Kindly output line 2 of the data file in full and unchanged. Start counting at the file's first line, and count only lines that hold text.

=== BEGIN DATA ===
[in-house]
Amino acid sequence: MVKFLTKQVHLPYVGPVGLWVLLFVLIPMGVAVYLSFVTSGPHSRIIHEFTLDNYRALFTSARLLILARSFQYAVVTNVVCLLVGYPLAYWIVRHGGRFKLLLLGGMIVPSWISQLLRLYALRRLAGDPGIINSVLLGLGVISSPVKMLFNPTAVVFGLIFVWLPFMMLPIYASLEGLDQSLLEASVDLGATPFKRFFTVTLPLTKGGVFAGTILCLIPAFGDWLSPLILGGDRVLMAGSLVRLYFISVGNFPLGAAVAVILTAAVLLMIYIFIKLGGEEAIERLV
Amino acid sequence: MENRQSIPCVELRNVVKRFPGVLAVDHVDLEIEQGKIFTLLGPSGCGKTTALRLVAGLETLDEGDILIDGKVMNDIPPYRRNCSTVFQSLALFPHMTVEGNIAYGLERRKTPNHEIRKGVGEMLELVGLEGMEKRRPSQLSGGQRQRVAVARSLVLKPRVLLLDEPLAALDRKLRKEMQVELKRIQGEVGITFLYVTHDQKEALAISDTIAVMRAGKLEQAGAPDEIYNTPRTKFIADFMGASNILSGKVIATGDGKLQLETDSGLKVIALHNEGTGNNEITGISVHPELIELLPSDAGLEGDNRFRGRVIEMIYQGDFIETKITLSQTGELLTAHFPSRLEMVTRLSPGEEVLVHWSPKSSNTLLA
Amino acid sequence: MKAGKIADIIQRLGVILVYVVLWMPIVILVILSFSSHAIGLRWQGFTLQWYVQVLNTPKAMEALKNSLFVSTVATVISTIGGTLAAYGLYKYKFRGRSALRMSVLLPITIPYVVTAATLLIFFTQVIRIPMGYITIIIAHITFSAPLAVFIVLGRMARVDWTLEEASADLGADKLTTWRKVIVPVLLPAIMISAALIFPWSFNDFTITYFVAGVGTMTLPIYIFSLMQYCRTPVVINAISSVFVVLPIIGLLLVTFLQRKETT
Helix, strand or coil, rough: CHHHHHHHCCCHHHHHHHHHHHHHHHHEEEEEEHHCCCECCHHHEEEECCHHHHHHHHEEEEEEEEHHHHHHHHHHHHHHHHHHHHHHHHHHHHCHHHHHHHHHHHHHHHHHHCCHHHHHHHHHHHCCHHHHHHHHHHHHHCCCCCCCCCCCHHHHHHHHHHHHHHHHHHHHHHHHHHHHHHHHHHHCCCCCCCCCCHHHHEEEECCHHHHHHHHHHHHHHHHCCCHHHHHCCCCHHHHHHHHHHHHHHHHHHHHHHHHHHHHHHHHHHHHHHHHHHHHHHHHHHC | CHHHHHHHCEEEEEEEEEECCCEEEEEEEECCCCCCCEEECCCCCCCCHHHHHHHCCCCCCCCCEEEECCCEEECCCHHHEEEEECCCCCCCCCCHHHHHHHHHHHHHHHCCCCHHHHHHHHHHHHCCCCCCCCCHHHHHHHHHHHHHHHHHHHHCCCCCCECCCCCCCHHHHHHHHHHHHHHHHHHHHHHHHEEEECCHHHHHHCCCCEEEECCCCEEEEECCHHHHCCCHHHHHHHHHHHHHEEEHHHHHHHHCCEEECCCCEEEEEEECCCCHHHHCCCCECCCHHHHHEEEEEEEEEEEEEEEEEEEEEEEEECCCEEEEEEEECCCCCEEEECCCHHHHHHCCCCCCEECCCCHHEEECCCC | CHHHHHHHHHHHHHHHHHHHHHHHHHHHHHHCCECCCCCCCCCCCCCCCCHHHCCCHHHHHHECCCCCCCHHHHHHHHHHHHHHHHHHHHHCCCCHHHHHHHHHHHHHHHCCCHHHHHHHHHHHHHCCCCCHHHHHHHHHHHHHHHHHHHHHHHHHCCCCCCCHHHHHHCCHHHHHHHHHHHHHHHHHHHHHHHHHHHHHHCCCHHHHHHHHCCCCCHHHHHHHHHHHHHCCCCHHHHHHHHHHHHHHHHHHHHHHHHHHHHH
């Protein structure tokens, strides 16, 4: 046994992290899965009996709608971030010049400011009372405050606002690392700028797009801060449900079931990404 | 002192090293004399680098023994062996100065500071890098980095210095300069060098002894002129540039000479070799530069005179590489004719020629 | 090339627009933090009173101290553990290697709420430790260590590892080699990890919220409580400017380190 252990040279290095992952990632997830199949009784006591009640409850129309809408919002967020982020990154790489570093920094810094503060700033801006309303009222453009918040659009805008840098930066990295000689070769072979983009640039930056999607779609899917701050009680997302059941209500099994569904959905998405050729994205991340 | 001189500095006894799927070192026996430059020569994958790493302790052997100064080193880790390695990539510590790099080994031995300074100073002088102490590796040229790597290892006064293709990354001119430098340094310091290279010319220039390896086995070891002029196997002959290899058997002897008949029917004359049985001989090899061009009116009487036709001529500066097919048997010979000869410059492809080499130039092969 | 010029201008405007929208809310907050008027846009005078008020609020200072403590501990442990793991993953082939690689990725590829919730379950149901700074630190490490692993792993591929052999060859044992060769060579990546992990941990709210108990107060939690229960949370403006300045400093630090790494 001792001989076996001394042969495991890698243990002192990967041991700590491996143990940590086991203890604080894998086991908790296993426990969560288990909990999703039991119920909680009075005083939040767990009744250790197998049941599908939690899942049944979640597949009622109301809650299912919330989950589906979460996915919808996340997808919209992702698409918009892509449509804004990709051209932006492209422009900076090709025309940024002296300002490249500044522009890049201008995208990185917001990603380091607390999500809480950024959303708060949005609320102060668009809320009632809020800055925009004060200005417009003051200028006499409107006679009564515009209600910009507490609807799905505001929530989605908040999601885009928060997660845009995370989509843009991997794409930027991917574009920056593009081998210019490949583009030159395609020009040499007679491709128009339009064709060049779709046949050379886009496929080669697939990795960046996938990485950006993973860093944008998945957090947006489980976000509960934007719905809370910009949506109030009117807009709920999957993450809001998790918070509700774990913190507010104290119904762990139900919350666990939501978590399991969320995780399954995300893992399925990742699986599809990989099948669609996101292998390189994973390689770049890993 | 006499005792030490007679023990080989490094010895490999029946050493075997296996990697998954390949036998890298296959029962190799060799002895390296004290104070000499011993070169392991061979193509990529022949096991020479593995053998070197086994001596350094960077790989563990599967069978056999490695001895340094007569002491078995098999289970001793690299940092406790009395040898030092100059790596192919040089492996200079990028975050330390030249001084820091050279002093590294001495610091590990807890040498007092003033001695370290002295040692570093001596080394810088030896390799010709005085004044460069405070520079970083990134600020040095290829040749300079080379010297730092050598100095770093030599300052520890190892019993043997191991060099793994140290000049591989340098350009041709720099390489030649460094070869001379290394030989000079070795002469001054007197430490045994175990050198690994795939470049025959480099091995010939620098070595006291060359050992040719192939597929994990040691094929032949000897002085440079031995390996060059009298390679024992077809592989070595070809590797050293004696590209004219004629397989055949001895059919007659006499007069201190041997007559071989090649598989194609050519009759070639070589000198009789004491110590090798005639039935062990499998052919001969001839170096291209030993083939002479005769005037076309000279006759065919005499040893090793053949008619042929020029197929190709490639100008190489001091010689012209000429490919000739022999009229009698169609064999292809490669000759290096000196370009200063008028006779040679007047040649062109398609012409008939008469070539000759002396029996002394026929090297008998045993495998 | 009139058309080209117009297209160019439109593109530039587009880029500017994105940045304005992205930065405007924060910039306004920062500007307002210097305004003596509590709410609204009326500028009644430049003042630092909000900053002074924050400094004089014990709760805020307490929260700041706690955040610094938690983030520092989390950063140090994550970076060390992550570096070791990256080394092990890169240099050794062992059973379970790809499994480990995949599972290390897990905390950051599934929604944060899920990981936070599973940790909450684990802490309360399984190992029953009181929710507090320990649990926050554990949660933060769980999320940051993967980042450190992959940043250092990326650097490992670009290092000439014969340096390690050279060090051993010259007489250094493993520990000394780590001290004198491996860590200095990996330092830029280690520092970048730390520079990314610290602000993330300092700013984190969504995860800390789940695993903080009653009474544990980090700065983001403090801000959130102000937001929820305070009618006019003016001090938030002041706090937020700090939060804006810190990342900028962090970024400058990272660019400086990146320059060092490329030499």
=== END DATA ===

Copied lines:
Amino acid sequence: MVKFLTKQVHLPYVGPVGLWVLLFVLIPMGVAVYLSFVTSGPHSRIIHEFTLDNYRALFTSARLLILARSFQYAVVTNVVCLLVGYPLAYWIVRHGGRFKLLLLGGMIVPSWISQLLRLYALRRLAGDPGIINSVLLGLGVISSPVKMLFNPTAVVFGLIFVWLPFMMLPIYASLEGLDQSLLEASVDLGATPFKRFFTVTLPLTKGGVFAGTILCLIPAFGDWLSPLILGGDRVLMAGSLVRLYFISVGNFPLGAAVAVILTAAVLLMIYIFIKLGGEEAIERLV